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Kenneth Anger, the avant-garde filmmaker whose surrealistic queer compositions Fireworks and Scorpio Rising made him a pioneer of underground cinema and a target for censorship, has died. He was 96.
Anger’s death was announced Wednesday by the Sprüeth Magers art gallery, which presented exhibitions on his work. “Kenneth was a trailblazer,” it said in a statement. “His cinematic genius and influence will live on and continue to transform all those who encounter his films, words and vision.”
He died May 11 of natural causes at an assisted living center in Yucca Valley, California, Sprüth Magers spokesman Spencer Glesby told The Hollywood Reporter.
In 1959, Anger authored the smutty exploitative book Hollywood Babylon — banned after its U.S release in 1965 — and followed it up with a sequel in 1984.
Anger’s work spanned the years 1941 to 2013 yet totaled just eight hours, a kaleidoscope of symbolism, homoeroticism and the occult found in his 36 dialogue-free short films (some complete, others fragmented) by THR‘s count.
His collage Scorpio Rising (1963), a pastiche of pop songs plastered over homoerotic biker imagery, pulp cartoons, Nazism and paraphernalia, was selected for preservation by the Library of Congress’ National Film Registry in December.
His other Registry entry is Eaux d’Artifice (1953), a 13-minute film inducted in 1993 for the fifth class of honorees.
Anger could be potent or dazzling. Fireworks (1947), filmed when he was a teenager in his parents’ home while they were at an uncle’s funeral, chronicled a gang rape by sailors, with a blood-splattered Anger in the lead, and featured exploding phallic Roman candles. It quickly caught the attention of the LAPD vice squad.
The openly gay filmmaker from Santa Monica also directed, shot, edited and starred in Inauguration of the Pleasure Dome (1954) opposite occultists Samson De Brier and Marjorie Cameron.
He carried a similar supernatural theme into Invocation of My Demon Brother (1969), scored by Mick Jagger on a Moog synthesizer over footage of a satanic funeral ceremony. It reused footage from Lucifer Rising, a composition Anger shot in 1967 and completed in 1972 before its 1980 release.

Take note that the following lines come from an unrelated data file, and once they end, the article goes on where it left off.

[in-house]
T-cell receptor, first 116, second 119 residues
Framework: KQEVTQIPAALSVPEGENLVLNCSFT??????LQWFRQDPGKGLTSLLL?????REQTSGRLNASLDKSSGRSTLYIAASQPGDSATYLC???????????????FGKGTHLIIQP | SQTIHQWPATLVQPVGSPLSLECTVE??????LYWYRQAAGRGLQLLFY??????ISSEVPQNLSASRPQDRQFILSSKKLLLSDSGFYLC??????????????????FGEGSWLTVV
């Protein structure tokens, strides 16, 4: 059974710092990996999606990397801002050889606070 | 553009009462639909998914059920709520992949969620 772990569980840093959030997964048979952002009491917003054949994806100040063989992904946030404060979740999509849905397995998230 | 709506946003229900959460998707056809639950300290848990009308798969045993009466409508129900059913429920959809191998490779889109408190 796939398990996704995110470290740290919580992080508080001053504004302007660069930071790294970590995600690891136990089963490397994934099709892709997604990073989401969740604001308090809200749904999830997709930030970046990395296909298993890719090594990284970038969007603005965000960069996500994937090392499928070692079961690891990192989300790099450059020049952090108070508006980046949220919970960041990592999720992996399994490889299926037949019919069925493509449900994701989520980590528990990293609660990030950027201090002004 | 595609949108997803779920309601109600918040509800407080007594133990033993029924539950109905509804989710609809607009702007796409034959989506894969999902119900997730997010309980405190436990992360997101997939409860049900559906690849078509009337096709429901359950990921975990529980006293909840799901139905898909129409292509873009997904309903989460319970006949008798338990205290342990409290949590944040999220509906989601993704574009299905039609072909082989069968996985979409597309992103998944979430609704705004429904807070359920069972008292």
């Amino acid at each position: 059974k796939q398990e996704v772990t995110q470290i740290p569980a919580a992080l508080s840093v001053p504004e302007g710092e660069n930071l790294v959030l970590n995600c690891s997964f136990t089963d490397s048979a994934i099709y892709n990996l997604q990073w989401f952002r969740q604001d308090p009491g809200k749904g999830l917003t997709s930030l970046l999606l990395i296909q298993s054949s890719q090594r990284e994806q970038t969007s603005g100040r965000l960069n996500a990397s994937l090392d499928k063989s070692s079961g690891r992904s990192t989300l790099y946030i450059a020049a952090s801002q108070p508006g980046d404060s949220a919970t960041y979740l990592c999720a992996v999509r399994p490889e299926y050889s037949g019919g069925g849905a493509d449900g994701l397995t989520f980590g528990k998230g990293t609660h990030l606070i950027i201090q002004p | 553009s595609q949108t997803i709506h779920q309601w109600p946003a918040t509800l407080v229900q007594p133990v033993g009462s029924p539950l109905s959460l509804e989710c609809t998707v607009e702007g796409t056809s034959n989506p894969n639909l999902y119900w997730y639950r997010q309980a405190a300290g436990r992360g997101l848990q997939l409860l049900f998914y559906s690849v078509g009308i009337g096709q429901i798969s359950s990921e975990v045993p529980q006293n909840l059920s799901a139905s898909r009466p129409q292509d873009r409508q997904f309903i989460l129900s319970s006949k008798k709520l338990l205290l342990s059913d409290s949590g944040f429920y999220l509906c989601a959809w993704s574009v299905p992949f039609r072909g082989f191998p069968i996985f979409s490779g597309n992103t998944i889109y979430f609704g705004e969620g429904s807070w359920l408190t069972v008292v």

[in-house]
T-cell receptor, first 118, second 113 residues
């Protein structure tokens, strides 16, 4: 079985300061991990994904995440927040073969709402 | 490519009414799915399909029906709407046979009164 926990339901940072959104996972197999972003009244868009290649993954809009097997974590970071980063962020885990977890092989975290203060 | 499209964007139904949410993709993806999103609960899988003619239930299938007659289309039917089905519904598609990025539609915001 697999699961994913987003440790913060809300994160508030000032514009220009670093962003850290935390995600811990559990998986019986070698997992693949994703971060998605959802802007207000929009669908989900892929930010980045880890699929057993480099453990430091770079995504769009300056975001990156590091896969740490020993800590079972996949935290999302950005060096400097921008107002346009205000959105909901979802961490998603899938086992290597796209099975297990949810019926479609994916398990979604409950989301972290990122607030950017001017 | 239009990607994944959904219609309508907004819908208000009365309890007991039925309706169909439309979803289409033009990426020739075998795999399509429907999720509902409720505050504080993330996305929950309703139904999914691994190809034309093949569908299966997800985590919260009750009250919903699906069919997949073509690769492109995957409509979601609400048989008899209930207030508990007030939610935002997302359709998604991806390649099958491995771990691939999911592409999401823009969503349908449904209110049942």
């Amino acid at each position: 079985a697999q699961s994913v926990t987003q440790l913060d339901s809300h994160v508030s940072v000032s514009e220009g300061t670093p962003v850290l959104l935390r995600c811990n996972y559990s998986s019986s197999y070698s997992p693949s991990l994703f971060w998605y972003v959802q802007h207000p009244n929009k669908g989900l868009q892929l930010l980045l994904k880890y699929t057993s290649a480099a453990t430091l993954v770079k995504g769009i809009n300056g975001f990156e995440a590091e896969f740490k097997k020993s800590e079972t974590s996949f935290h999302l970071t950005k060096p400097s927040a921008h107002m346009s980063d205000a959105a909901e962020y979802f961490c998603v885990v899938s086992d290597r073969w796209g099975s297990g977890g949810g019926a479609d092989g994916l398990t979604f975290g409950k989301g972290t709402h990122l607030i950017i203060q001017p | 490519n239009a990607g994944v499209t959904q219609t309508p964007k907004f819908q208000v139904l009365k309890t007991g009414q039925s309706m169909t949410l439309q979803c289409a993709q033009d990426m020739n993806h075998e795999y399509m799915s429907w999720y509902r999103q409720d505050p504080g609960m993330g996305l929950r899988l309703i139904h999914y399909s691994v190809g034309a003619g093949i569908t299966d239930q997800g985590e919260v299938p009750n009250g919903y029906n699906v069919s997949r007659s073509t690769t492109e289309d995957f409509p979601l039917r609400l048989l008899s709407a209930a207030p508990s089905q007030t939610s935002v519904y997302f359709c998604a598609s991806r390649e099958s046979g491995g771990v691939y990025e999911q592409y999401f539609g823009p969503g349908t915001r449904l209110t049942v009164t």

(Bobby Beausoleil, a Charles Manson associate and former roommate of Anger’s, wrote and recorded the soundtrack while serving a life sentence for murder.)
Anger’s résumé reads as absurd to a layman movie fan. But many experts regard his body of work as a pioneering oeuvre, one that predated music videos and influential musical cues and montages found in Martin Scorsese, David Lynch and John Waters films.
Scorsese first saw Scorpio Rising in the mid-1960s when filmmaker Jonas Mekas screened it at the home of writer-director Vernon Zimmerman.
When watching Scorsese’s six-minute student film The Big Shave (1967) — an allegory for the Vietnam War — audiences clearly can see the influence of Anger when a jazz trumpet is heard over scenes of a sterile white bathroom and its chrome fixtures.
The connection seems more apparent in Mean Streets (1973), which layered ’60s pop music over its opening images.
Always an opportunist, Anger inserted segments from a 1948 Sunday school film, Last Journey to Jerusalem, into Scorpio Rising after it was accidentally sent to him rather than the Lutheran church down the street.
“I immediately saw the parallel between the disciples following Jesus and the ‘disciples’ in the motorcycle gang following some idea,” he said. So, into his film the sequences were cut.